Mega Man 5 (known in-game as Mega Man V, not to be confused with the Game Boy game Mega Man V, and known in Japan as Rockman 5: Blues no Wana!?, which loosely translates to "Rockman 5: The Trap of Blues?!") is a side-scrolling action platformer developed and published by Capcom for the Nintendo Entertainment System on December 1992.
It is the fifth installment of the original Mega Man series (and the sequel to Mega Man 4). Along with an improved Mega Buster, protagonist Mega Man can now collect eight circuit chips to help assemble Beat, a robotic bird (created by both his creator Dr. Light and his new ally Dr. Cossack) that can automatically attack enemies around him.
Set in the year 20XX, the game takes place months after the events of Mega Man 4 (in which the humanoid robot hero Mega Man defeats the evil roboticist Dr. Wily a fourth time). Proto Man, brother and ally to Mega Man, goes rogue and creates an army of robots to set out destructive attacks all over the world. When Proto Man kidnaps Dr. Light, Mega Man (now with upgrades by his new ally, Dr. Cossack) sets out to rescue him and deliver justice to Proto Man's army.
Following in Mega Man tradition, Mega Man 5 challenges the player with defeating eight robot masters who can be taken down in any order. Defeating a robot master gives Mega Man that master's power. Each robot master has a distinct weakness to one of the other master's power, leaving the player to deduce the optimal order in which to tackle the stages.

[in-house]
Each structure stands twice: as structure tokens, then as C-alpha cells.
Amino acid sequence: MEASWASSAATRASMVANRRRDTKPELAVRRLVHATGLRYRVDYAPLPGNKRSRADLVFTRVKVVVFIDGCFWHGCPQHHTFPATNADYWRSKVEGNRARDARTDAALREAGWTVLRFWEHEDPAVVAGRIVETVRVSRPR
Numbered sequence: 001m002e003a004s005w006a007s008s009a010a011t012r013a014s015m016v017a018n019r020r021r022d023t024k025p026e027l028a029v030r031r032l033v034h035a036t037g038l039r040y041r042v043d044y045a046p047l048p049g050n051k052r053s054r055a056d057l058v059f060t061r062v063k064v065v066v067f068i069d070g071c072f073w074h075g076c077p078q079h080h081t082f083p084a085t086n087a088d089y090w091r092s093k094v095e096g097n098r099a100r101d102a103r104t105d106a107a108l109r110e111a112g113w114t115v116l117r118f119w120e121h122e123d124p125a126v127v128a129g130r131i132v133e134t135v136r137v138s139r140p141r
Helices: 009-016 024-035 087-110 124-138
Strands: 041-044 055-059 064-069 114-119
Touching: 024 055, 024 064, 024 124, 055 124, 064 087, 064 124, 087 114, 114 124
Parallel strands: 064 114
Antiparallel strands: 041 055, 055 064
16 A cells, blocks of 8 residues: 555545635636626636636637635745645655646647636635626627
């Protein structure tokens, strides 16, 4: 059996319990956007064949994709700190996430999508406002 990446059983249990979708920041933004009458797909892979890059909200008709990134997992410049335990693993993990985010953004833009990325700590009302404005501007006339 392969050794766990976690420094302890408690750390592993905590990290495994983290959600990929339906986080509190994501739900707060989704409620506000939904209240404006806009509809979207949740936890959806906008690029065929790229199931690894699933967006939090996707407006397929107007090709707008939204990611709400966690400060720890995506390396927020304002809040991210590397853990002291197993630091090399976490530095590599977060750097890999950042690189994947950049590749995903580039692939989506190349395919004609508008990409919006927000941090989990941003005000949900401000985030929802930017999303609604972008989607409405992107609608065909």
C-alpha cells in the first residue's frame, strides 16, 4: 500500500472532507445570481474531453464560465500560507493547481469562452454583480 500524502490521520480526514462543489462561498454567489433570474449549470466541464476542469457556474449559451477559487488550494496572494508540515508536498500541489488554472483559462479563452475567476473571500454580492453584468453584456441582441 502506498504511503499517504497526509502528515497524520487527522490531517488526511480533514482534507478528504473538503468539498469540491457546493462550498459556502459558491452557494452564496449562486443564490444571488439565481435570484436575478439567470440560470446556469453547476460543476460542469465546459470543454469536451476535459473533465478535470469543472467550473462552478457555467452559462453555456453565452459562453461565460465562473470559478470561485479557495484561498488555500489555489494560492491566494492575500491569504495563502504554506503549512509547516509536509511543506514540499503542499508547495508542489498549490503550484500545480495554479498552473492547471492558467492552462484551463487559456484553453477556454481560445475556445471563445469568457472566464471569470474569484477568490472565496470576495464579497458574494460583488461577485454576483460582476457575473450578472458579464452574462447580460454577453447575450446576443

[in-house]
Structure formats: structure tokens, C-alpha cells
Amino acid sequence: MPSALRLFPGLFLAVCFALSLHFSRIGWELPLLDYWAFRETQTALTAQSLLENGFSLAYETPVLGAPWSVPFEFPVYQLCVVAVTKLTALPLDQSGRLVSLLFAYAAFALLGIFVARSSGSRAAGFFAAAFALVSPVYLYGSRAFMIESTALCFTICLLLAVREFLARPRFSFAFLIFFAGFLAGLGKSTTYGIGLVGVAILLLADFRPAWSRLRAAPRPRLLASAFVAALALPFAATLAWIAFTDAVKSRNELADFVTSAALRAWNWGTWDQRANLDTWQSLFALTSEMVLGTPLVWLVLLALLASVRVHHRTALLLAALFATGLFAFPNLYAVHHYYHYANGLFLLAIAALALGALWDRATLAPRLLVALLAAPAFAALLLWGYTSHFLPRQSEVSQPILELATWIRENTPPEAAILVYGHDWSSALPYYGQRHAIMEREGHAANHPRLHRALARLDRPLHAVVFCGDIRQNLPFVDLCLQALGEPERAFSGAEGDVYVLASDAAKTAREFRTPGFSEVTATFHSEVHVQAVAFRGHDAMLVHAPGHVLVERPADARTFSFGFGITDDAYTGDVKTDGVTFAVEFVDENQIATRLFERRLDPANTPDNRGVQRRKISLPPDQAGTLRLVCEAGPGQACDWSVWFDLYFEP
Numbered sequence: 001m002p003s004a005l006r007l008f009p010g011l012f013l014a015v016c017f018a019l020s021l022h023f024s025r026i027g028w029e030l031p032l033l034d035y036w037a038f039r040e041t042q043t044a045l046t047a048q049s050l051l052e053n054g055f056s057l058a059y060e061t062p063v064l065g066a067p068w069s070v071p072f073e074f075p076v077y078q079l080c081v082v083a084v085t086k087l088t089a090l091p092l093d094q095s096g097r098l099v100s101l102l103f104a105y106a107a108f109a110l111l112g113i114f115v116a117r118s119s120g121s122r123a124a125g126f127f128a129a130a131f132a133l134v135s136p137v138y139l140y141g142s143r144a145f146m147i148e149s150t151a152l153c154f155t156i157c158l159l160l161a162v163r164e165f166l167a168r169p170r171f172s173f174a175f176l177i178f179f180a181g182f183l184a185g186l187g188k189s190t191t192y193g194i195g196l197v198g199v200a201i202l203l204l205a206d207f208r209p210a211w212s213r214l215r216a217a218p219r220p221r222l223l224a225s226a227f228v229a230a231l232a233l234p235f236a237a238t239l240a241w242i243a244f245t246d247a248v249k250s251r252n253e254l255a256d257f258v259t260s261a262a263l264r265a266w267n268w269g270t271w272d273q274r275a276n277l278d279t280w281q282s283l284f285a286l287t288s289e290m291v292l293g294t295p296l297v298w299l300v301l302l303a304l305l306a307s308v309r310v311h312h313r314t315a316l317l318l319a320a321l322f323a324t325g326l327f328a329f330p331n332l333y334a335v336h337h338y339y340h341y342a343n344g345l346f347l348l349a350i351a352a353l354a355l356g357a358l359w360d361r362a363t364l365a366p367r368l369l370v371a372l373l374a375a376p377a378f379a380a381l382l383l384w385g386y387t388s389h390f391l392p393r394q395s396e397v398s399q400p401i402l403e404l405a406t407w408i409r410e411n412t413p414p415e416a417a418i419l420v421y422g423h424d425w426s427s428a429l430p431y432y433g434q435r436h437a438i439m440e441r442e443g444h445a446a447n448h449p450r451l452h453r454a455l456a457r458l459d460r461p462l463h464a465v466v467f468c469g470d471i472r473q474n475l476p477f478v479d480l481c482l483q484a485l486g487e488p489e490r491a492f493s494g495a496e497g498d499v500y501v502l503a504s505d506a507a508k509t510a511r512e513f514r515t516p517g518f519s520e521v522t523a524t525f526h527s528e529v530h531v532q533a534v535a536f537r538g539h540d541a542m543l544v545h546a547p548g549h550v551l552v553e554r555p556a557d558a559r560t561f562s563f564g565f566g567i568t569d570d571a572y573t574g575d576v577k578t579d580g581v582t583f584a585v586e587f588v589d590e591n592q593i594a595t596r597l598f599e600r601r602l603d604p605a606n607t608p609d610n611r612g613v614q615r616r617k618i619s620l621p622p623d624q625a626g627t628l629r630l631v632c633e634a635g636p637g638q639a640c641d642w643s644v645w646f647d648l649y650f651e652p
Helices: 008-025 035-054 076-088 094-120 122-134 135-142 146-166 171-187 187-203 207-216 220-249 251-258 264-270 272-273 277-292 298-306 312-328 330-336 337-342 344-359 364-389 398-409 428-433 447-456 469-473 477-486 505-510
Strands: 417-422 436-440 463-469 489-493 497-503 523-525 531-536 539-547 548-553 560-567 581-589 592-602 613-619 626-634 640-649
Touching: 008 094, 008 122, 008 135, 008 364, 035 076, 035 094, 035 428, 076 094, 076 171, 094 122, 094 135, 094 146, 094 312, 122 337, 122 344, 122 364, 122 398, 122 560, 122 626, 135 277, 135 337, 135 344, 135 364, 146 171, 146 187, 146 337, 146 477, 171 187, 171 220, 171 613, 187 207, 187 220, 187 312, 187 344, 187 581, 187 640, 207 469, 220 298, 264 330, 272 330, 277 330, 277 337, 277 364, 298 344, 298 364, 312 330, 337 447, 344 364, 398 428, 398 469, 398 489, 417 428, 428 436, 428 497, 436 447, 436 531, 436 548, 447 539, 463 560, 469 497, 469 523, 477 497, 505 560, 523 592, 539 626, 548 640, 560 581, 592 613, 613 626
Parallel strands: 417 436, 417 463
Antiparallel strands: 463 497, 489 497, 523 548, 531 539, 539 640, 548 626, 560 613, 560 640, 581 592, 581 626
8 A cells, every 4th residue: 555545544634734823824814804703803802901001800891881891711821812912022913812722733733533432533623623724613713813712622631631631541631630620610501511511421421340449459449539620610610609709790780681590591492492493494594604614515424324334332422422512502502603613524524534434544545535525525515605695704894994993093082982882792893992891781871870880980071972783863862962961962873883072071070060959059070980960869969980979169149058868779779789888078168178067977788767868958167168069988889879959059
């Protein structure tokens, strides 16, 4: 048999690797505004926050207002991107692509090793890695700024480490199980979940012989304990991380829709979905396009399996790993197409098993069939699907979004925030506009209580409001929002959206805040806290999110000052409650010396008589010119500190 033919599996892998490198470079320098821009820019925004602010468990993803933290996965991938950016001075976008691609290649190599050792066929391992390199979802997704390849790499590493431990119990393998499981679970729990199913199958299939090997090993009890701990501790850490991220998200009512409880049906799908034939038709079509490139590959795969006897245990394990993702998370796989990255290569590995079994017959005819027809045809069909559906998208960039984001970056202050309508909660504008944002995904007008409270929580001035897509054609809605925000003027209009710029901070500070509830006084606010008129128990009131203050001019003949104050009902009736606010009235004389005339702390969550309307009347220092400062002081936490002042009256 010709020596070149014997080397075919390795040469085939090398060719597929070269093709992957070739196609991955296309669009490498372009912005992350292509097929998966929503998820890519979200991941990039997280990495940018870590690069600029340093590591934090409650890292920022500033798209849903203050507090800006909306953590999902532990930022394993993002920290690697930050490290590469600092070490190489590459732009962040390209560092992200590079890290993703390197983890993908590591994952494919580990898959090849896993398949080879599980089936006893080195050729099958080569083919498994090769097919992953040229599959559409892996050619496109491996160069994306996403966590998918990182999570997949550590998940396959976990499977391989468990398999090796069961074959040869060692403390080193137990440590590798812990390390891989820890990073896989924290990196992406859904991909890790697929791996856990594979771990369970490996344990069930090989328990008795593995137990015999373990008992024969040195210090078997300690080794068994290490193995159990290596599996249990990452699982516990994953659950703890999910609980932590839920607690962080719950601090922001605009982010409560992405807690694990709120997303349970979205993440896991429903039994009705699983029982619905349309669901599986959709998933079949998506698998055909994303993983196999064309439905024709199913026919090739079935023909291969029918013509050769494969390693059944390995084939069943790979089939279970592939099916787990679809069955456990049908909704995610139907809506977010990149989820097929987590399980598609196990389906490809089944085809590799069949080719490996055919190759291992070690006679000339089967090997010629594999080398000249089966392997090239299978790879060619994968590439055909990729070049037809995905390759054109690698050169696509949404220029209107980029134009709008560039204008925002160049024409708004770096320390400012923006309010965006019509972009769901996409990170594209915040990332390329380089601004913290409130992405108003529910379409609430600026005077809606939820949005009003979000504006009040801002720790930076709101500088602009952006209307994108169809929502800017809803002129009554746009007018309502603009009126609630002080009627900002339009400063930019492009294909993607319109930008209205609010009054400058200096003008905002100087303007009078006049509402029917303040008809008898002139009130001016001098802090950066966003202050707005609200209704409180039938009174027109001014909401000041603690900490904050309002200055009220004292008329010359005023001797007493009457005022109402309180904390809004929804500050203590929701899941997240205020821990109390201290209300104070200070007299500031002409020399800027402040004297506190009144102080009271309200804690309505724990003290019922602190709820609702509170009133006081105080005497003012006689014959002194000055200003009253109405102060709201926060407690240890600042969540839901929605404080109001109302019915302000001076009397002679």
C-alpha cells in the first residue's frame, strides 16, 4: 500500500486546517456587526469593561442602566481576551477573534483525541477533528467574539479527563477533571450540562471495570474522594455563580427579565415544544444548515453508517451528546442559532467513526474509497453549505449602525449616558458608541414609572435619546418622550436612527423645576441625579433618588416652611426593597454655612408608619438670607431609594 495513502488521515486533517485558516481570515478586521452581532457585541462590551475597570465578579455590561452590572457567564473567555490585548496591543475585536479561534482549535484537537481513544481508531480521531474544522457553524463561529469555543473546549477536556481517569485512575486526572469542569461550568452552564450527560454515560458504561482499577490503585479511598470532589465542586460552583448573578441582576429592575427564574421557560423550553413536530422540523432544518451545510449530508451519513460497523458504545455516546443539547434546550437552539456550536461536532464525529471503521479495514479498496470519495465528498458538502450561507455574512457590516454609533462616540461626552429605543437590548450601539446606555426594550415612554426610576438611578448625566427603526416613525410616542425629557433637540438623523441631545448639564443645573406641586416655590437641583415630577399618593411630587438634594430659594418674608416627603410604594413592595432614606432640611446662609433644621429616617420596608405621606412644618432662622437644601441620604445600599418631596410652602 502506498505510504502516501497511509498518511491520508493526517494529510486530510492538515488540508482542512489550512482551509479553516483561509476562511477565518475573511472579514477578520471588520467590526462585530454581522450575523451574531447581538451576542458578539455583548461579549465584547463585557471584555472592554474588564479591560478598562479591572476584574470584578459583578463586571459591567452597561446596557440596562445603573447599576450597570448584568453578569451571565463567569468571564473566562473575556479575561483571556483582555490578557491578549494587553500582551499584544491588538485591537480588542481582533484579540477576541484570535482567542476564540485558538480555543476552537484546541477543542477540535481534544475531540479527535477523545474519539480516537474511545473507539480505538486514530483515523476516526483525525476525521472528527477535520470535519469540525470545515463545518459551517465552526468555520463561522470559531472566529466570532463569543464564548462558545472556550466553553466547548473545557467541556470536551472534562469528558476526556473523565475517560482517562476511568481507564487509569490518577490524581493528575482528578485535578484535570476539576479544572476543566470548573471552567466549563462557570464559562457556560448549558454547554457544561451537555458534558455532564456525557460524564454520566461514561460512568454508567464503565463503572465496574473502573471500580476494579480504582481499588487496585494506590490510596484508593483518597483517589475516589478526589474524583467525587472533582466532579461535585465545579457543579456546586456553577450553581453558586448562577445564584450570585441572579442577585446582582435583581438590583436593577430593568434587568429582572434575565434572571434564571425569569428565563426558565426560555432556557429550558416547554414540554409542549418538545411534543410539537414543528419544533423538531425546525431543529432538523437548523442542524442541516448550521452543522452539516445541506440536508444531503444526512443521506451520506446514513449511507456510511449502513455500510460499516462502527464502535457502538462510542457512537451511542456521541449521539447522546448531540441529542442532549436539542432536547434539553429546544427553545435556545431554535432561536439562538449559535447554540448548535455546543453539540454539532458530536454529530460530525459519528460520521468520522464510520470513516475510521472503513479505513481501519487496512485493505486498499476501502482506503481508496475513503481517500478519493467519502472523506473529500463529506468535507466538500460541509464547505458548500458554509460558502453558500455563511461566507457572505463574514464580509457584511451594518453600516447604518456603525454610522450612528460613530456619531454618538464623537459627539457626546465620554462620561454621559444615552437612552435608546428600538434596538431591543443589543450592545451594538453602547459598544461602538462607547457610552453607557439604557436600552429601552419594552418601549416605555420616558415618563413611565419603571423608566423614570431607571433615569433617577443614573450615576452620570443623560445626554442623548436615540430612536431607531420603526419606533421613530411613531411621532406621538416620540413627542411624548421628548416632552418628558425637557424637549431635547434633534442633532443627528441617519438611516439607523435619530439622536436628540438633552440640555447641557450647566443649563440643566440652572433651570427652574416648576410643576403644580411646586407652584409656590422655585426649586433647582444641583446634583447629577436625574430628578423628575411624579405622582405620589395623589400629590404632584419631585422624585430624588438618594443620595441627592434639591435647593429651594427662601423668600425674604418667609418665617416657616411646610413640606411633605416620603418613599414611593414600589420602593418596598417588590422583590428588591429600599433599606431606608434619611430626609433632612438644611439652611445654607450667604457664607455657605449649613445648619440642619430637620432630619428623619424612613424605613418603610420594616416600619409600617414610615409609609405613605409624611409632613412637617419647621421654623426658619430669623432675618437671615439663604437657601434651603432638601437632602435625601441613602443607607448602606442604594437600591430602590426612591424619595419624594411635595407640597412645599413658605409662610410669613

Mega Man 5 is the second game in the series to feature the chargeable Mega Buster. A fully-charged blast covers a larger vertical swath than in Mega Man 4, taking on a larger, rounder, "hadoken"-like shape as opposed to its previous comet-like shape. However, if Mega Man is hit while charging, he loses whatever charge he had built up, requiring the player to re-start the charge from nothing. This is a change from the previous game and other charge weapons (such as the Atomic Heat from Mega Man 2 and Pharaoh Shot from Mega Man 4), where Mega Man can hold the full charge of the weapon no matter when or how often he is hit. Thus, Mega Man 5 requires the player to be much more careful about dodging attacks if s/he is looking to let a full blast loose.
Rush, Dr. Light's robotic dog helper, returns from Mega Man 3 and 4 in order to assist Mega Man's progress through the game. Similar to Mega Man 4, the Rush Jet cannot be completely controlled; it propels forward in the same direction and the player can only guide it up or down. The Rush Coil behaves differently from past games. Whereas in the past Rush would offer a spring-board off of which Mega Man could jump, in Mega Man 5, the Rush Coil itself becomes a platform, propelling itself upwards once Mega Man jumps aboard. Mega Man can then leap off of it at any time.
Fliptop / Eddie also returns to offer Mega Man an array of powerups, from life and weapon replenishments to 1ups and E-tanks.
The M-tank makes an appearance in Mega Man 5; whereas consuming an E-tank replenishes all of Mega Man's health, the M-tank replenishes health as well as all weapon energy.
Each stage has an optional letter to collect; together, the letters spell M-E-G-A-M-A-N-V. These are the aforementioned circuit chips that result in Beat's assembly. As the letters are often placed in precarious spots, it's possible for the player to miss them. Mega Man 5 allows the player to re-enter the stage of any robot master that has already been defeated so that the player can try again to collect the letter. When summoned, Beat accompanies Mega Man and flies around to defeat visible enemies on screen. Beat is only available for as long as the weapon energy allows and is ineffective in some boss encounters.
- Weapon: Gravity Hold
- Weakness: Star Crash
Gravity Man's level features points that shift the gravity, causing Mega Man to run along the ceiling and jump towards the floor. The controls for sliding are also reversed, requiring the player to hold UP + Jump instead of DOWN + Jump. When Mega Man triggers these gravity-shifting points, enemies will also flip--those on the floor will float up to the ceiling and vice versa.